Alberto’s battalion came to Arghandab expecting a fight. Their predecessors, a company of paratroopers from the 82nd Airborne Division’s 2nd Battalion, 508th Infantry Regiment, had taken catastrophic casualties. One platoon had nearly half its soldiers killed or wounded by IEDs and small-arms fire during its eleven-month tour. In July 2010, when the 1-320th took over, it was the height of the annual fighting season, and casualties stacked up at a staggering pace. In July on one of their first solo patrols from Combat Outpost Nolen—a high-walled mud-brick compound that served as a patrol base, where Alberto would live for nine months—1-320th soldiers triggered three IEDs. The explosions came at a cost of five legs between three soldiers and shrapnel wounds to two more. On July 14 Brandon King was killed. Two weeks later, on July 30, the battalion suffered three more fatalities and eight wounded in a single day. In the three days that followed, the battalion lost a dozen more to injuries. “First month you’re over there, you’re scared shitless. You might die every day,” Alberto later told me. “You see people get fucked up. Fear like I’ve never felt. Till a month and a half later, you wake up and say, ‘I might die today—who gives a shit.’ ”
When I arrived at COP Nolen, in late August, the fight was still raging. Every evening, Taliban fighters would lay siege to the tiny compound with machine guns, AK-47s, mortars, rocket-propelled grenades, and recoilless rifles. Alberto and his fellow soldiers would line the compound walls, lobbing shells from their M203 grenade launchers and firing thousands of rounds into the orchards that enveloped them on all sides. Blasting away at the unseen enemy served as a daily pressure release, but it wasn’t enough. More than a few of the men were soon frayed at the edges, twitchy, desperate to get out of there.
By the time the 1-320th finally returned to Fort Campbell, in April 2011, 8 men had been killed and 83 wounded during nine months in the combat zone. But these were only the casualties that were visible. I remained in contact with several of the soldiers I’d met in Arghandab, and I became disturbed by how many of them seemed to be struggling mightily with readjusting to stateside life. I was particularly worried about Hunter Wilke, who’d been a sergeant in Alberto’s platoon, one of the more garrulous soldiers I’d encountered during my embed. We’d developed a friendship over the years and talked on the phone from time to time. Wilke, a country boy from Metropolis, Illinois, with a Southern drawl that you wouldn’t normally associate with the Grain Belt, had not had an easy time back home. His marriage fell apart shortly after the deployment, and he was left alone, splitting the custody of his young daughter with his ex and hitting the bottle hard whenever his daughter wasn’t around. Afghanistan had been Wilke’s second deployment. He’d also done a tour in Iraq with the 1-320th, and he’d lost a good friend during the tour in Afghanistan: Kyle Stout, killed by an IED in the mayhem of July 30. A little over a year after the unit came home, another one of Wilke’s longtime buddies from the 1-320th, Justin Junkin, killed himself at the end of a losing battle with Klonopin and survivor’s guilt. Wilke wound up in the Warrior Transition Unit at Fort Campbell, a repository for physically and mentally damaged soldiers on their way out of the Army via medical discharge.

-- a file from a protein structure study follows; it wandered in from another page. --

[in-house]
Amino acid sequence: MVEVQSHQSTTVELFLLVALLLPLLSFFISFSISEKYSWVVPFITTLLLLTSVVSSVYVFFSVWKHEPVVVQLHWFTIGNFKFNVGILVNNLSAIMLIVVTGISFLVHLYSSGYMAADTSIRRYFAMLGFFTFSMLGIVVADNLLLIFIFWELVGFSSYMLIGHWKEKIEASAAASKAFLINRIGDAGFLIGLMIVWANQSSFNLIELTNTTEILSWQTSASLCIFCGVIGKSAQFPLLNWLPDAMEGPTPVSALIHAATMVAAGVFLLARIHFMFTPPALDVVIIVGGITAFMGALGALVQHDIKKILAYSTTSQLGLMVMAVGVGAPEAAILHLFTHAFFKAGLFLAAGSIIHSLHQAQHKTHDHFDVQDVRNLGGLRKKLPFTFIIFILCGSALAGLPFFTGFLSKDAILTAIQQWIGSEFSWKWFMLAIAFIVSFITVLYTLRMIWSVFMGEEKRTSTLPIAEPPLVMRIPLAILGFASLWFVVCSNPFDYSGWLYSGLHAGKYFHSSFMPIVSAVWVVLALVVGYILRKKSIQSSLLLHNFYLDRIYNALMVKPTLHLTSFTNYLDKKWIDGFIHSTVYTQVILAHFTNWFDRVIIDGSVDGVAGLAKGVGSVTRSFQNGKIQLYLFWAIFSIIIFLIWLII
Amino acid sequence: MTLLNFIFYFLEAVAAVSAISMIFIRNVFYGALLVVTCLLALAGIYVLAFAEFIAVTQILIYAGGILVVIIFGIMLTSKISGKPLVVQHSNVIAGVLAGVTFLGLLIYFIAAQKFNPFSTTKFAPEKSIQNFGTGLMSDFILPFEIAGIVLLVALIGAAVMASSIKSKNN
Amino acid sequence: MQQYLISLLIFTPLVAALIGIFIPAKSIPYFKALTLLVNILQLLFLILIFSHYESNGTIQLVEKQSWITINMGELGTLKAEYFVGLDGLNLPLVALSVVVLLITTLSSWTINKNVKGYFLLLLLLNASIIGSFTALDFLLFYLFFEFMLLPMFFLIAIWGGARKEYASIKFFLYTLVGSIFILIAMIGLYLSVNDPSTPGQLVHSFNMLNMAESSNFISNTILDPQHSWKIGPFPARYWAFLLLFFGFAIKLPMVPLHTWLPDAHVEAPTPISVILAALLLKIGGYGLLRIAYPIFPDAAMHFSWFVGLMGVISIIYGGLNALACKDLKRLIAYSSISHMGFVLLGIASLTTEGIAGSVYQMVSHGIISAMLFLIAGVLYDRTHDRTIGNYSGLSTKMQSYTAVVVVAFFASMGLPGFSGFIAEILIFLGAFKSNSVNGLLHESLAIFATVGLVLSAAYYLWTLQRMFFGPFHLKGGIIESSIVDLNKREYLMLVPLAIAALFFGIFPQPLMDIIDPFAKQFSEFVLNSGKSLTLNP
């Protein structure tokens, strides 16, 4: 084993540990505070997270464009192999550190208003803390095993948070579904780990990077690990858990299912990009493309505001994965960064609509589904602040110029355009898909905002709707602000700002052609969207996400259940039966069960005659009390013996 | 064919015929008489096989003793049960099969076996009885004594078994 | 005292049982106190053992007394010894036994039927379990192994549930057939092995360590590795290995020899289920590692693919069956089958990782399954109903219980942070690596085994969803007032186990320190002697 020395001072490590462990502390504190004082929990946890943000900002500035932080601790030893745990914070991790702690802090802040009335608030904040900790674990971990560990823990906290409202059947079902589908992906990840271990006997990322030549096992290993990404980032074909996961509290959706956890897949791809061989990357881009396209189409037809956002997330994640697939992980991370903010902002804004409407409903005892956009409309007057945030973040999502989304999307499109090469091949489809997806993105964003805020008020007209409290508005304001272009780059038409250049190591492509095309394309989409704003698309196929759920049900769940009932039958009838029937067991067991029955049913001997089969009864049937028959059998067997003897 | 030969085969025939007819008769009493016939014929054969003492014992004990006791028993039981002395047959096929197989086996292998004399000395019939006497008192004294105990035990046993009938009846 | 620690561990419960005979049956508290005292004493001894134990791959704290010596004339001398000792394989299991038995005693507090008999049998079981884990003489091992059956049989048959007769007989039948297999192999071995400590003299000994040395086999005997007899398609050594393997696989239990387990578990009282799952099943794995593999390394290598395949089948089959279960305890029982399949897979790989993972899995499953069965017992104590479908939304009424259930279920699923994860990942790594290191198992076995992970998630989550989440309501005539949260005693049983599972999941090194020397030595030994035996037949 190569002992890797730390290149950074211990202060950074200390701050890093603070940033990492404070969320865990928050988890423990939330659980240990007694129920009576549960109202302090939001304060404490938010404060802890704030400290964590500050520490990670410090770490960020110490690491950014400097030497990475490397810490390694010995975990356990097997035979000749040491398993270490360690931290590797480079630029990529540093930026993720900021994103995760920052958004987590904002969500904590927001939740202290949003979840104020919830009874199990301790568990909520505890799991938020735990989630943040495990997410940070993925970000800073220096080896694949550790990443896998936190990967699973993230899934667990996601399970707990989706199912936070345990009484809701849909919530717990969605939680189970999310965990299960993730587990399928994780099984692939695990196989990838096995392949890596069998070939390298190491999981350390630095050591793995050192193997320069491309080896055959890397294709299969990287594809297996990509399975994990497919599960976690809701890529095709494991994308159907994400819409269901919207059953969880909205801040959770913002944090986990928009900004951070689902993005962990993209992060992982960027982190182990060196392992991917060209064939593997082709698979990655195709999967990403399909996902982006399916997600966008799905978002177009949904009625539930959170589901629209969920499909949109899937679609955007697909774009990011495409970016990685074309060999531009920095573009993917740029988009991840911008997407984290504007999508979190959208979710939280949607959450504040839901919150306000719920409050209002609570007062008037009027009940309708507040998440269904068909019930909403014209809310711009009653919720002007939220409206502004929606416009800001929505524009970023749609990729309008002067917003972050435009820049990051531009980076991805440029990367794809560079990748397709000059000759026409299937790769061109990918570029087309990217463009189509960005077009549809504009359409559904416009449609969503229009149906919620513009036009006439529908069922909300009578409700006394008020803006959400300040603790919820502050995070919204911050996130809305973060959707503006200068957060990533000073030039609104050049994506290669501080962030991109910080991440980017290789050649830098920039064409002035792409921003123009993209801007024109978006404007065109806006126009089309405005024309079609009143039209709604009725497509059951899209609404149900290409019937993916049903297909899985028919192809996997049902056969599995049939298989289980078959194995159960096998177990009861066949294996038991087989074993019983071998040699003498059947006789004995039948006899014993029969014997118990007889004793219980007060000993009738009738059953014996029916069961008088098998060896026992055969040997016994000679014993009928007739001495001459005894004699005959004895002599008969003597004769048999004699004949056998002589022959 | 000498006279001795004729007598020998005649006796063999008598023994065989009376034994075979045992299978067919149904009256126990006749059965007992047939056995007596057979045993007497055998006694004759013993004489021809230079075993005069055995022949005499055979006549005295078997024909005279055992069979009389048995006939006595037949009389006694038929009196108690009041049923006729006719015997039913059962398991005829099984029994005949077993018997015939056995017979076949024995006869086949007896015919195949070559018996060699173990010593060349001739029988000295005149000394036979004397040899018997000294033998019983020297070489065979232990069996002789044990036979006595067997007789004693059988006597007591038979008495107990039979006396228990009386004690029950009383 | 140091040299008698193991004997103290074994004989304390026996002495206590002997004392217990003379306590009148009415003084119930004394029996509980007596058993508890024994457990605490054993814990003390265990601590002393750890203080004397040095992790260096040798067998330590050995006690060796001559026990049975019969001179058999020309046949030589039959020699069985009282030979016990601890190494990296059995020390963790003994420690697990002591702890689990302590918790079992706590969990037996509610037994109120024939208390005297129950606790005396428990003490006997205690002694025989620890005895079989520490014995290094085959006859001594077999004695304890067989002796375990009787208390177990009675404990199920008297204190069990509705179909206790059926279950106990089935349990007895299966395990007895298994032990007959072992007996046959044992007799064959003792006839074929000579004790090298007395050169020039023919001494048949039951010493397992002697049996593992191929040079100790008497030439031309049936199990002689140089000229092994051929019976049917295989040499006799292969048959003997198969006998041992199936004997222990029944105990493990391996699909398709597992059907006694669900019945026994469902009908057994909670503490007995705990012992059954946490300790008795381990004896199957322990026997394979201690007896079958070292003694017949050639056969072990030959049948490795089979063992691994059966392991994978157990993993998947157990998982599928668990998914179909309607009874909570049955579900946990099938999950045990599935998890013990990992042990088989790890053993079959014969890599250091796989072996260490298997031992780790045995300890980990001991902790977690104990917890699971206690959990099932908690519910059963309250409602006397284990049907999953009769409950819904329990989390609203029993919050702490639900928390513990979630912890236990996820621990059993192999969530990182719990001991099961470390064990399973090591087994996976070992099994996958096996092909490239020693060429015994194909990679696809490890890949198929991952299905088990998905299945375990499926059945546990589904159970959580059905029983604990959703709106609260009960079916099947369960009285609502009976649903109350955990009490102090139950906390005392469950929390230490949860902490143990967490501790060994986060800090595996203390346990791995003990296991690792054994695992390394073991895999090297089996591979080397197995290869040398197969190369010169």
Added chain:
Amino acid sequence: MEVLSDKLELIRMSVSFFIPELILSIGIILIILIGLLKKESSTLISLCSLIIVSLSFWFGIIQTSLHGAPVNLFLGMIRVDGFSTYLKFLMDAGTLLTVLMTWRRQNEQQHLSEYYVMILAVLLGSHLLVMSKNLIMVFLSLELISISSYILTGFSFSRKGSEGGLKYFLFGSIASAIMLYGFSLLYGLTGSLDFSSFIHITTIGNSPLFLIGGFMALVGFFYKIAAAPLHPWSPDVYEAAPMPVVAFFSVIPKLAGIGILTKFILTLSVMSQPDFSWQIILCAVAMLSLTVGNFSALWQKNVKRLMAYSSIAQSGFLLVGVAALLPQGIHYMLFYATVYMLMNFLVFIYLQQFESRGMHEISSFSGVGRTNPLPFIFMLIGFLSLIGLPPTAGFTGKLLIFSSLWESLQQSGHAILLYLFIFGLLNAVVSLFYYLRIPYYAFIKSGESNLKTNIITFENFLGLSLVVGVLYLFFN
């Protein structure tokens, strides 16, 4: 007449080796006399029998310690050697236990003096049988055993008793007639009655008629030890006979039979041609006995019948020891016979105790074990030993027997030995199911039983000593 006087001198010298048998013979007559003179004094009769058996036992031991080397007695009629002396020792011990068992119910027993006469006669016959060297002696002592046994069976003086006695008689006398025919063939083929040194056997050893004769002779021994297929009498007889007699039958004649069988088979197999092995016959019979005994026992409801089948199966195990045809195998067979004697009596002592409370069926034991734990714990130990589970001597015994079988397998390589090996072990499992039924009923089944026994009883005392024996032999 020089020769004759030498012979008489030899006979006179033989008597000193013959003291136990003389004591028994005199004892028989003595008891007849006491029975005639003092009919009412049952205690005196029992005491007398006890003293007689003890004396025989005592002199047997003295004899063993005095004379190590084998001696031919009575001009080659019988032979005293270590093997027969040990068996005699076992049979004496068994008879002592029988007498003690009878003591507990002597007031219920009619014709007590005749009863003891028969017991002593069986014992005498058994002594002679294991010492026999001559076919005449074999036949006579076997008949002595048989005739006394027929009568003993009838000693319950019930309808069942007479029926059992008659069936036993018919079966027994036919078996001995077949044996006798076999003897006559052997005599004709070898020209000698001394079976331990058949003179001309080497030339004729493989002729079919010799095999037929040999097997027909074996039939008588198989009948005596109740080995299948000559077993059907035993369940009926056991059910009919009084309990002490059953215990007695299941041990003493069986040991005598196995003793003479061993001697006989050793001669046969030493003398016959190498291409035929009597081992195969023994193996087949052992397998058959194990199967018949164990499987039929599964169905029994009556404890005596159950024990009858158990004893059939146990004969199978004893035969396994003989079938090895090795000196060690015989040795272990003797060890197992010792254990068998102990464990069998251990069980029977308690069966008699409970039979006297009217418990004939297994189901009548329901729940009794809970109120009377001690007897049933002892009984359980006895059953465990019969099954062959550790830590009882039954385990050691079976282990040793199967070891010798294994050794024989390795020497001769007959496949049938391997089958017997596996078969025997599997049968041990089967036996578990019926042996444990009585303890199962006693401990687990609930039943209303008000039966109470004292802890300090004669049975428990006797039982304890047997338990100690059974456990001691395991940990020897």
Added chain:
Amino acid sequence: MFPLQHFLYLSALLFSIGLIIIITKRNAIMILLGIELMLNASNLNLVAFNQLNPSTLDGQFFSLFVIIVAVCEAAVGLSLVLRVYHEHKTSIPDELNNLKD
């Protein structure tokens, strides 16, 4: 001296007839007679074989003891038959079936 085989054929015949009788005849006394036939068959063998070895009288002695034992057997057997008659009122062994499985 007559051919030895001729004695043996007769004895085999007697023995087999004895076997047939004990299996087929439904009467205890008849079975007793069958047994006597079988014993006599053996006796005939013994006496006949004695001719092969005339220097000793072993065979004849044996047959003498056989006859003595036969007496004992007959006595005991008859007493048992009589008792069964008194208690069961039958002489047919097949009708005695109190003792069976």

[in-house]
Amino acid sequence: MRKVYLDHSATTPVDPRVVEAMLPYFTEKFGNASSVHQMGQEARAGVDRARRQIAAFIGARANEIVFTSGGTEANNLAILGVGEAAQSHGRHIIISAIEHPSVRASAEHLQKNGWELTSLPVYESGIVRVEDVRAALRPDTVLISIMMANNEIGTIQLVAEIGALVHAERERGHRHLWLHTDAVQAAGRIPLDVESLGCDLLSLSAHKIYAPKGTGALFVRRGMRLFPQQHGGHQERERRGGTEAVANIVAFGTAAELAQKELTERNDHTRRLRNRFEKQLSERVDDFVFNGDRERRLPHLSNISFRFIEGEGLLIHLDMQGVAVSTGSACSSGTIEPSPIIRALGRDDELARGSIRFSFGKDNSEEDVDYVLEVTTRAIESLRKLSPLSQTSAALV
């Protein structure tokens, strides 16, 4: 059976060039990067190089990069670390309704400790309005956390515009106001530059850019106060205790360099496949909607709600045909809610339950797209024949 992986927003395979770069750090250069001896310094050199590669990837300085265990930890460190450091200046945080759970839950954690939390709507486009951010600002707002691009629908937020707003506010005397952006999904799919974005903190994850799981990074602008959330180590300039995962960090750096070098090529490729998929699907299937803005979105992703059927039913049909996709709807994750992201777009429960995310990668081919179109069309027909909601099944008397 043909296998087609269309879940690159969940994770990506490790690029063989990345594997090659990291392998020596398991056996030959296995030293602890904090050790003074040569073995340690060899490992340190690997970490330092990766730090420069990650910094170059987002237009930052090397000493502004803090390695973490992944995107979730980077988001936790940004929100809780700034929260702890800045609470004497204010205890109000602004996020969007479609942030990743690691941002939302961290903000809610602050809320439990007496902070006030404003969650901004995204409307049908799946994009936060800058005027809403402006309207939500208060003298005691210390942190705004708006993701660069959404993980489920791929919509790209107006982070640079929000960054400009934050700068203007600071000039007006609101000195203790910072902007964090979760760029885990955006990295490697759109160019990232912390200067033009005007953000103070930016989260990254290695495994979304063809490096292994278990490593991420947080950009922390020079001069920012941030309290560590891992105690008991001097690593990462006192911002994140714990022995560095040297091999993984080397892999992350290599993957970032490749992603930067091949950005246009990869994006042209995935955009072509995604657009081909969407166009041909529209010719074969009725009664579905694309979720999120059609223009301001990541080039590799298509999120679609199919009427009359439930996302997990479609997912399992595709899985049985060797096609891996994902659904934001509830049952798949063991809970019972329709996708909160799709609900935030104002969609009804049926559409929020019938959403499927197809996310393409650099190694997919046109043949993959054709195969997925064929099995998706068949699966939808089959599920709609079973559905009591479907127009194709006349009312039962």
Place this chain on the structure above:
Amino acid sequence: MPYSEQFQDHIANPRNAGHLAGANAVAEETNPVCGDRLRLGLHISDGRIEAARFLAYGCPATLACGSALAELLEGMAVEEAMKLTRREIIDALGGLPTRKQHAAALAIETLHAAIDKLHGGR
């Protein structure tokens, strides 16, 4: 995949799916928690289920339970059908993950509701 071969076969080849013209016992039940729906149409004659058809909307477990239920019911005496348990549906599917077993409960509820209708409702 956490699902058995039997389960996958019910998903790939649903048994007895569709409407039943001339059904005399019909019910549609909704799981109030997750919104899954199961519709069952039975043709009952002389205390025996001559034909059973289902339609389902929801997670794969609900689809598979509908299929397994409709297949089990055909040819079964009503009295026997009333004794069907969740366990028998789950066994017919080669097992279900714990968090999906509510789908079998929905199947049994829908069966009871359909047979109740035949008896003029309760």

Blasting away at the unseen enemy served as a daily pressure release, but it wasn’t enough. More than a few of the men were soon frayed at the edges, twitchy, desperate to get out of there.